The discussions focused on user`s needs, and on mobility as a service
The 10th European ITS Congress turned Helsinki in the capital of Intelligent Transport Systems and Services, and the place to be for ITS stakeholders from all over the world. The Congress was jointly organised by ERTICO ITS Europe and the European Commission, and hosted by ITS Finland, the Finish Ministry of Transport and the City of Helsinki.
Between 16 and the 19 of June 2014, more than 2500 attendants participated in the Congress, which featured the overarching theme: “ITS in your pocket-proven solutions driving users services”. Along the same line, up to 60 companies of all stripes (i.e. multinational, SMEs and start-ups) brought to the fore their role in turning ITS in a fundamental motor of change in the transport of people and goods.
The aim of the Congress was to bring together all those involved in the process of accelerating the use of innovative transport solutions and underlying technologies that would boost the security and efficiency of mobility, while reducing its environmental impact. As the CEO of ERTICO, Mr Hermann Meyer, highlighted: “There is a need for horizontal solutions and cooperation in the ITS sector, and that is what congresses are about”.
During the course of over 40 Special Interest sessions, and more than 50 sessions, speakers and exhibitors discussed and displayed the latest in research and deployment of ITS, from Open Data to automated vehicles, and from transnational cooperation to the shortage of women attracted by a career in ITS. However, the central theme of the congress was the change of paradigm that places user’s needs and mobility as a service at the core of ITS. The conceptual swift from transport to mobility, and from capacity to connectivity and users, is likely to have a significant impact in the process of turning cities into smart cities.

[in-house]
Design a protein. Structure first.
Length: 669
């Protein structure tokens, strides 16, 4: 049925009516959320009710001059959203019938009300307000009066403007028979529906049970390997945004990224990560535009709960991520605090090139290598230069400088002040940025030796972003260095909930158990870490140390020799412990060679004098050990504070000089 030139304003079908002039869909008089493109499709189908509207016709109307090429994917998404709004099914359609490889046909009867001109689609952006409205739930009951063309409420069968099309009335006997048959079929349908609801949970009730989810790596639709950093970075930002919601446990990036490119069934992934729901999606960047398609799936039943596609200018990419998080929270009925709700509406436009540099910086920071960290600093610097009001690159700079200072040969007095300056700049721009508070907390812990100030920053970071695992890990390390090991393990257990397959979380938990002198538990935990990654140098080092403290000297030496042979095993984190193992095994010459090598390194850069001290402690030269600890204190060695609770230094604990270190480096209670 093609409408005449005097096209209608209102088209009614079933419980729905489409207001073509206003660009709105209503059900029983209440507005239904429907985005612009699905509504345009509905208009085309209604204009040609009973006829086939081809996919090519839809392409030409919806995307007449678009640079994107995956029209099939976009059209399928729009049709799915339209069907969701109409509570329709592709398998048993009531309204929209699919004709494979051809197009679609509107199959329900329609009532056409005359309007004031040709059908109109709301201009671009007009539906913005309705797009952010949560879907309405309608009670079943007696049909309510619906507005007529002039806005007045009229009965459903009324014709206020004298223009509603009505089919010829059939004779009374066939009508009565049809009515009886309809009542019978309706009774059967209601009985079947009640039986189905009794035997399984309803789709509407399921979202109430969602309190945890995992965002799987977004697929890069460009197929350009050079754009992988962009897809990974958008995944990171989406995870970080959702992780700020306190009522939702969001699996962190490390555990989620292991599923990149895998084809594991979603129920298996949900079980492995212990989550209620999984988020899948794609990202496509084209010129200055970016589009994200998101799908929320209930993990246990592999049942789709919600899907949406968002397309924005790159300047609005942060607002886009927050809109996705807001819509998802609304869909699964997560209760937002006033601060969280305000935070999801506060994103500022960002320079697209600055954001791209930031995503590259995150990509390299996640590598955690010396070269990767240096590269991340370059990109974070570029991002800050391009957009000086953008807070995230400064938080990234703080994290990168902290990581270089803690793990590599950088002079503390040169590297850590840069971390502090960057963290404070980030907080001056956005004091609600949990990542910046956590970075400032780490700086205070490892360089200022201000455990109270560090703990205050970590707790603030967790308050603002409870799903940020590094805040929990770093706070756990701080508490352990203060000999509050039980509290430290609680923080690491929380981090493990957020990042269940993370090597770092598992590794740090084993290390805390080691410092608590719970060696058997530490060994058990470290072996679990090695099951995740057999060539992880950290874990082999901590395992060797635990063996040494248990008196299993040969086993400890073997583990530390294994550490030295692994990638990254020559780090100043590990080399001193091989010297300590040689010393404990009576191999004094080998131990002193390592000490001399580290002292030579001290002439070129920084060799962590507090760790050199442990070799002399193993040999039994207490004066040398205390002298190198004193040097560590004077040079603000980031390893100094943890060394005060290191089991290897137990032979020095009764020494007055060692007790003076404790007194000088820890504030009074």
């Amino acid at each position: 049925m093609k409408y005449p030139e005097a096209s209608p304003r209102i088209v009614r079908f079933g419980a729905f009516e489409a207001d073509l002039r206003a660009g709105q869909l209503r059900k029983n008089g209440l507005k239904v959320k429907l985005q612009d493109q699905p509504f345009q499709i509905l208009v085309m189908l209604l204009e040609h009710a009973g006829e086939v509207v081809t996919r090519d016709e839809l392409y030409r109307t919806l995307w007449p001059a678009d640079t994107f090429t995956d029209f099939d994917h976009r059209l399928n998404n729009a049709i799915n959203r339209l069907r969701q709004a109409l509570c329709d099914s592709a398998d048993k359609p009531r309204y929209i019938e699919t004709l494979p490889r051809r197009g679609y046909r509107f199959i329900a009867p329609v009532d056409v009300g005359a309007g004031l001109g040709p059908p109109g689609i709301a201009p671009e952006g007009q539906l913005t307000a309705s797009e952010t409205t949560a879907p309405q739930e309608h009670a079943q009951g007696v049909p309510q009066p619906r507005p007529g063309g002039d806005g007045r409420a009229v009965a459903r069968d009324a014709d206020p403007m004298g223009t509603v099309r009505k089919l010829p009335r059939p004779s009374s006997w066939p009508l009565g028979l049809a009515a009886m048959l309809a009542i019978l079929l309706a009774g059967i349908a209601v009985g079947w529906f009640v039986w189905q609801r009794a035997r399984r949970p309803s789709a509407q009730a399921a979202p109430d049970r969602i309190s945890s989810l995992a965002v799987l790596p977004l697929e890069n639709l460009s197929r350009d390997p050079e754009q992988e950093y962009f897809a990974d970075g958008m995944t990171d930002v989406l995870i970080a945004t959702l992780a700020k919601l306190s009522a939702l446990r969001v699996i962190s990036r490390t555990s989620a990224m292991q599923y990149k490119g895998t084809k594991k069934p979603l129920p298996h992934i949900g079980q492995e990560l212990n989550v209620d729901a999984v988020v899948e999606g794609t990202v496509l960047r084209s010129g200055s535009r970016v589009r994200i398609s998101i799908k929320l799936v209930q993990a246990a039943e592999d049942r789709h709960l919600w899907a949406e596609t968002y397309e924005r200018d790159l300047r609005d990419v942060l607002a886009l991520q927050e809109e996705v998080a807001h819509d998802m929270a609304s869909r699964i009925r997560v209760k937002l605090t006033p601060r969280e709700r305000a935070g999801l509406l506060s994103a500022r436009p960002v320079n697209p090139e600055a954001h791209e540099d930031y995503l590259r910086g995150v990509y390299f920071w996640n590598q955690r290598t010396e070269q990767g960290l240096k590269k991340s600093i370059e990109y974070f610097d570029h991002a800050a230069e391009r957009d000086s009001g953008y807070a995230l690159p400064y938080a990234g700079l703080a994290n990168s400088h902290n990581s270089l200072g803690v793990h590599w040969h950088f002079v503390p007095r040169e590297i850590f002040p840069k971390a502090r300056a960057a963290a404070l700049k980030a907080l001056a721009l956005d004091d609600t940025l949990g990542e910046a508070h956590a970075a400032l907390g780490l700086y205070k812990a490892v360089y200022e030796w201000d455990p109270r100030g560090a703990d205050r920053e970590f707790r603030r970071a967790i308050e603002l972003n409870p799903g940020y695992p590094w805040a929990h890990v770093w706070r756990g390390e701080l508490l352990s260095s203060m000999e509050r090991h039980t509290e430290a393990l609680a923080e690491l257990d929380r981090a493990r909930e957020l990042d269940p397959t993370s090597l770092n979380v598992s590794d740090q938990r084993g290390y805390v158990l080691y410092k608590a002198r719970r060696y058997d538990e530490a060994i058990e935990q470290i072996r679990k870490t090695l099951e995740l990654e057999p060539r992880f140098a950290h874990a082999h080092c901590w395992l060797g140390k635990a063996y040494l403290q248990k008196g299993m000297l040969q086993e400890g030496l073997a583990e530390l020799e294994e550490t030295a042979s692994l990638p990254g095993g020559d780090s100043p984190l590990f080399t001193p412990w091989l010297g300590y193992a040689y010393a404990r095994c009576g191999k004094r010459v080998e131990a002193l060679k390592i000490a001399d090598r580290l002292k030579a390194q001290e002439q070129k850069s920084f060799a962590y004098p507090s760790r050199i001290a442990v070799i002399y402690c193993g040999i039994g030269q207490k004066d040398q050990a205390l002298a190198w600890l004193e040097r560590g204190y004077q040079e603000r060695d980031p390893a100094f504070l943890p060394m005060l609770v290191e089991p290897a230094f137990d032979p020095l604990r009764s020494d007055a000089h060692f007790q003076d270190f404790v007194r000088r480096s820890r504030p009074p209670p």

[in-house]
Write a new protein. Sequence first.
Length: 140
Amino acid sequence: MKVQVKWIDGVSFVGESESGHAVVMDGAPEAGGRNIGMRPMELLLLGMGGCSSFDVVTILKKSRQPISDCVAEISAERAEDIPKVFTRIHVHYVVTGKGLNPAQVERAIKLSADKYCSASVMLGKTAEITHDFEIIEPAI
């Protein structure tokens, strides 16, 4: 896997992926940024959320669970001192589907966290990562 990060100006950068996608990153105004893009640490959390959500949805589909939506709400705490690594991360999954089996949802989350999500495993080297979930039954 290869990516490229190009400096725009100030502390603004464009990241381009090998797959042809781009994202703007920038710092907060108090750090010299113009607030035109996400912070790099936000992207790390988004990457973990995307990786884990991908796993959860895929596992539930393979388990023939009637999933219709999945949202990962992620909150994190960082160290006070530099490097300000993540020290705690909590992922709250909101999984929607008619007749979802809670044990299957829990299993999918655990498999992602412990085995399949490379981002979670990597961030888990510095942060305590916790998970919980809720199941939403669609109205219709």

Digitalisation and the `Internet of things`, as well as users` demand for real-time information, and the challenges to reduce accidents and congestion while curbing the emissions of greenhouse gasses, are some of the catalyst for the brewing transformation envisaged at the 10th ITS European Congress. The materialisation of mobility is not without challenges. The most pressing ones include not only the need for investment and smart regulation, but also cooperation among service providers, and social engagement in the improvement of mobility, something which is often given for granted.
During the press conference held in Helsinki, the European Commission Vice-President and Commissioner for Transport Mr Siim Kallas stressed that, even when the traditional role of transport policy has been to provide hard infrastructure, services driven by user`s demand, is gaining ever more relevance in the EU agenda. In turn, Finland’s Minister of Transport and Local Government Henna Virkkunen said that “now is the time to add intelligence to mobility”.
The 10th ITS Congress left, thus, a good after-taste among organisers and participants. It is now time to keep on the good work and take the discussions up in the upcoming ITS World Congress in Detroit in September, and the 2005 World Congress in Bordeaux.
To check the pictures of the Congress, please click here